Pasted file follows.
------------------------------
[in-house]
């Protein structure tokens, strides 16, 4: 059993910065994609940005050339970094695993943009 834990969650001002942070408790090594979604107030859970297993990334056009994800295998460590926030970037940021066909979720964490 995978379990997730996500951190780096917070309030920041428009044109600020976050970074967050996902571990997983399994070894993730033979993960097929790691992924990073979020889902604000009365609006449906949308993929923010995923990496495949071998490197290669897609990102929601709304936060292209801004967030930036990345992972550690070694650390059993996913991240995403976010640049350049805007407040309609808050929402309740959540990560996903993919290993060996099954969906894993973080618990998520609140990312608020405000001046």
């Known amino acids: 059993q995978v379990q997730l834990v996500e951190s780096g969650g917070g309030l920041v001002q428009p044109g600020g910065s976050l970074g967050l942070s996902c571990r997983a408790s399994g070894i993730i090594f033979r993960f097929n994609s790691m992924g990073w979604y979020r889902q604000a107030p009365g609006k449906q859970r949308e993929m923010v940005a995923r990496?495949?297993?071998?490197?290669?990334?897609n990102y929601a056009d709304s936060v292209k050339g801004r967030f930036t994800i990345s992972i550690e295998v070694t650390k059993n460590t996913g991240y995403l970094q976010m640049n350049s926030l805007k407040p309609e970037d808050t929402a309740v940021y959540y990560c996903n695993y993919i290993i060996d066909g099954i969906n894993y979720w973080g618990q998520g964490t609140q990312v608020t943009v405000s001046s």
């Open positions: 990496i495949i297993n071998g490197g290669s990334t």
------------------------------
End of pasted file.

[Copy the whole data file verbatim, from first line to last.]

[in-house]
């Protein structure tokens, strides 16, 4: 059993910065994609940005050339970094695993943009 834990969650001002942070408790090594979604107030859970297993990334056009994800295998460590926030970037940021066909979720964490 995978379990997730996500951190780096917070309030920041428009044109600020976050970074967050996902571990997983399994070894993730033979993960097929790691992924990073979020889902604000009365609006449906949308993929923010995923990496495949071998490197290669897609990102929601709304936060292209801004967030930036990345992972550690070694650390059993996913991240995403976010640049350049805007407040309609808050929402309740959540990560996903993919290993060996099954969906894993973080618990998520609140990312608020405000001046």
């Known amino acids: 059993q995978v379990q997730l834990v996500e951190s780096g969650g917070g309030l920041v001002q428009p044109g600020g910065s976050l970074g967050l942070s996902c571990r997983a408790s399994g070894i993730i090594f033979r993960f097929n994609s790691m992924g990073w979604y979020r889902q604000a107030p009365g609006k449906q859970r949308e993929m923010v940005a995923r990496?495949?297993?071998?490197?290669?990334?897609n990102y929601a056009d709304s936060v292209k050339g801004r967030f930036t994800i990345s992972i550690e295998v070694t650390k059993n460590t996913g991240y995403l970094q976010m640049n350049s926030l805007k407040p309609e970037d808050t929402a309740v940021y959540y990560c996903n695993y993919i290993i060996d066909g099954i969906n894993y979720w973080g618990q998520g964490t609140q990312v608020t943009v405000s001046s």
């Open positions: 990496i495949i297993n071998g490197g290669s990334t």